Gentrification has become somewhat of a polarizing term amongst counter-cultural circles in major cities these days. How to preserve a neighborhoods rich locale while continuing to improve its safety, security and overall aesthetics is a heady feat for any city planner. A couple weeks ago, Station North Arts and Entertainment, Inc held a conference at MICA’s Graduate Center and Area 405 in Station North called the Artists and Neighborhood Change Conference, to facilitate conversation about the pressing issues facing a changing, blossoming community like the Station North area, which encompasses the neighborhoods of Greenmount West, Charles North and part of Barclay. The artist community is home to some of Baltimore’s most creative thinkers and makers- with MICA as a backdrop, many of the area’s warehouse spaces have become DIY music venues, art galleries, and artist studios including the aforementioned Area 405.
The first day of the conference featured presenters from outside of Baltimore including Carla Perlo, the founding Director of Dance Place Art and Community Center in Northeast Washington DC and Roberto Bedoya of the Tucson Pima Arts Council – both fixtures in their perspective communities, responsible for developing burgeoning arts scenes in both Washington DC and Tucson.
Day two featured local artists, residents, community organizers and academics to facilitate conversations on the hot-button ideas behind gentrification, whether or not it’s a negative, and how to prevent it in an arts district like Station North. The discussion was both necessary and powerful for any attendee – it displayed both the passion and dedication the folks both in and outside of Station North have toward the continued growth of the neighborhood while also serving the artists and tenured residents of the district’s neighborhoods.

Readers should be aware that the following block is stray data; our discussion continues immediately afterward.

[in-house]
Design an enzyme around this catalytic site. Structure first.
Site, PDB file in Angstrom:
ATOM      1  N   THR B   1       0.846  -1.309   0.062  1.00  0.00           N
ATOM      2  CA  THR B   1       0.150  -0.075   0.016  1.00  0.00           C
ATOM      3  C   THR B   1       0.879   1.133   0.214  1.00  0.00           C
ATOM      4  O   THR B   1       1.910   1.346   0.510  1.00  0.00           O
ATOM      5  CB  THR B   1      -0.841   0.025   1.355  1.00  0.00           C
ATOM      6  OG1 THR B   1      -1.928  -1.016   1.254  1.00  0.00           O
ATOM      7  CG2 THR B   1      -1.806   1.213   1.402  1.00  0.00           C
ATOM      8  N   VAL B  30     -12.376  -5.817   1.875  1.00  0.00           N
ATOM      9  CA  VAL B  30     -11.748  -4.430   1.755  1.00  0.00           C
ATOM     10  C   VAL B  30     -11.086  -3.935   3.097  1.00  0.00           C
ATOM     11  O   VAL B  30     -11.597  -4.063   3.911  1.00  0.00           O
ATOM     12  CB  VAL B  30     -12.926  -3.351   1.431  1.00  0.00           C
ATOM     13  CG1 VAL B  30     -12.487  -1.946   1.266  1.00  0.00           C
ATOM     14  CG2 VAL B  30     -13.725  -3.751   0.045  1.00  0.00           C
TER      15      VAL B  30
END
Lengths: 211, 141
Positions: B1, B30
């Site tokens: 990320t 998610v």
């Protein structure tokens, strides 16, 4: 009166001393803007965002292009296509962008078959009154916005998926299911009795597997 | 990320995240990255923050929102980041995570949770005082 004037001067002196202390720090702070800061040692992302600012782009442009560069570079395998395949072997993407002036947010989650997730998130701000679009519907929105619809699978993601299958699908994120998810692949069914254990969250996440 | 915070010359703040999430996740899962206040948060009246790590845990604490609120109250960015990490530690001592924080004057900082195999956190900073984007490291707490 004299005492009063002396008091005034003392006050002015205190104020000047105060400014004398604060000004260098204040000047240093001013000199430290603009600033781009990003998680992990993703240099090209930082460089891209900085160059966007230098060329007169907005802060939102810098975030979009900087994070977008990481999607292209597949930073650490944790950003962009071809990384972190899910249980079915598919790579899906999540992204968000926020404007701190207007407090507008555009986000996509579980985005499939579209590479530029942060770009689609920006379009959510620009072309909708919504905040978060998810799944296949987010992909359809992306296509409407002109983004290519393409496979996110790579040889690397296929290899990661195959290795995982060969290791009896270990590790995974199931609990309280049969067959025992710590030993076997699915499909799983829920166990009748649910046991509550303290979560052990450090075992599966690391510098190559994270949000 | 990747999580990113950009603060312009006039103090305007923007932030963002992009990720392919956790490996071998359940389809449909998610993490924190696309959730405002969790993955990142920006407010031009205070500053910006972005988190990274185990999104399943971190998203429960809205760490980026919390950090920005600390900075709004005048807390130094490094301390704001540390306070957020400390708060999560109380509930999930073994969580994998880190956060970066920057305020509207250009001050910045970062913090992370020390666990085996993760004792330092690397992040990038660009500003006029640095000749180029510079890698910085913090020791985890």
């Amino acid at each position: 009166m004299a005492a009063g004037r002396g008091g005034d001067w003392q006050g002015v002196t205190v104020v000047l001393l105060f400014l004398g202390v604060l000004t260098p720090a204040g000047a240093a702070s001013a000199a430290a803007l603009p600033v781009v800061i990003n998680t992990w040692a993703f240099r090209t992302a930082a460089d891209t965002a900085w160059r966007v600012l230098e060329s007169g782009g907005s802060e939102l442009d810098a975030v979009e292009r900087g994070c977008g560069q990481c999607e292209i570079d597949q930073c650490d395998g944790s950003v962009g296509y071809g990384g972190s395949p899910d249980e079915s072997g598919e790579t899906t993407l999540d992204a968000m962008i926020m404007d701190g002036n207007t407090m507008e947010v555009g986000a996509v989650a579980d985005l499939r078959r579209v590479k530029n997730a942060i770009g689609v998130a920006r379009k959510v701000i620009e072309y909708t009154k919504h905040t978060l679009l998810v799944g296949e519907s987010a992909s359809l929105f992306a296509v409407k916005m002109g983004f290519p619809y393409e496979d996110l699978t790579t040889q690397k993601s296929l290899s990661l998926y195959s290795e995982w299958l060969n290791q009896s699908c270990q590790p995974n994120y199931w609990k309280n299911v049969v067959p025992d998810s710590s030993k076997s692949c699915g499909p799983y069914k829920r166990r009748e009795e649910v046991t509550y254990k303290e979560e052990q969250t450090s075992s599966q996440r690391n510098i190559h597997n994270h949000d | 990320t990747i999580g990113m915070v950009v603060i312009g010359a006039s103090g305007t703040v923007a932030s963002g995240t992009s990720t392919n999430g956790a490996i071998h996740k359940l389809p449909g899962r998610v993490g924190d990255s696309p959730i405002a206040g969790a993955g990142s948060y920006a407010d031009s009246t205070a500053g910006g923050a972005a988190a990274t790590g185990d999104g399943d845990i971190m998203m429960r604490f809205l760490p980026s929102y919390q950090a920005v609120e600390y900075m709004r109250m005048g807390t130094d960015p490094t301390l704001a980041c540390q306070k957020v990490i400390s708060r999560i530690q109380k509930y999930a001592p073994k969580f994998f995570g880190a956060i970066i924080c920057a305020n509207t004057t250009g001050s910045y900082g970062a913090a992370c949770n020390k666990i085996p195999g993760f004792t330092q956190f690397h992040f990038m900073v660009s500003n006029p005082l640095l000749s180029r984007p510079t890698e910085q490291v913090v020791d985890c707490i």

Regardless of one’s personal opinion on the neighborhood’s direction, it is evident that the residents of Station North are heavily invested in the future development of the central district – an area once riddled with vacant houses and drug trade.
Right at the center of Station North stands the newly renovated “Station North Chicken Box.” The building which sits at the geographic center of Baltimore on the corner of North Ave and Charles St., was once a New York Fried Chicken restaurant but has stood vacant for over a year.
On Wednesday, June 26th the community celebrated the official opening of the Chicken Box as the office of Station North Arts and Entertainment, Inc, a Baltimore Annex Theatre Company stage and a gallery space. Mayor Stephanie Rollings Blake, MICA President and Central Baltimore Partnership Chair Fred Lazarus and Baltimore Housing Comissionar Paul Graziano were among those in attendance. The Chicken Box restoration was one of the Spruce Up Grants, funded by The Robert W. Deutsch Foundation and coordinated by The Central Baltimore Partnership with help from folks in the community. The Architecture firm, Ziger/Snead designed the building’s minimilist interior – a great balance of the buildings character and modern function.
Spend some time in Station North, become a regular. Creativity and passion is seeping up from the street corners, warehouses, galleries, workshops, and row houses that fill the boroughs – soak it in. Check out Station North Arts and Entertainment’s event calendar – there’s a little something for everyone.
Below are some photos from the Chicken Box ribbon cutting ceremony courtesy of Theresa Keil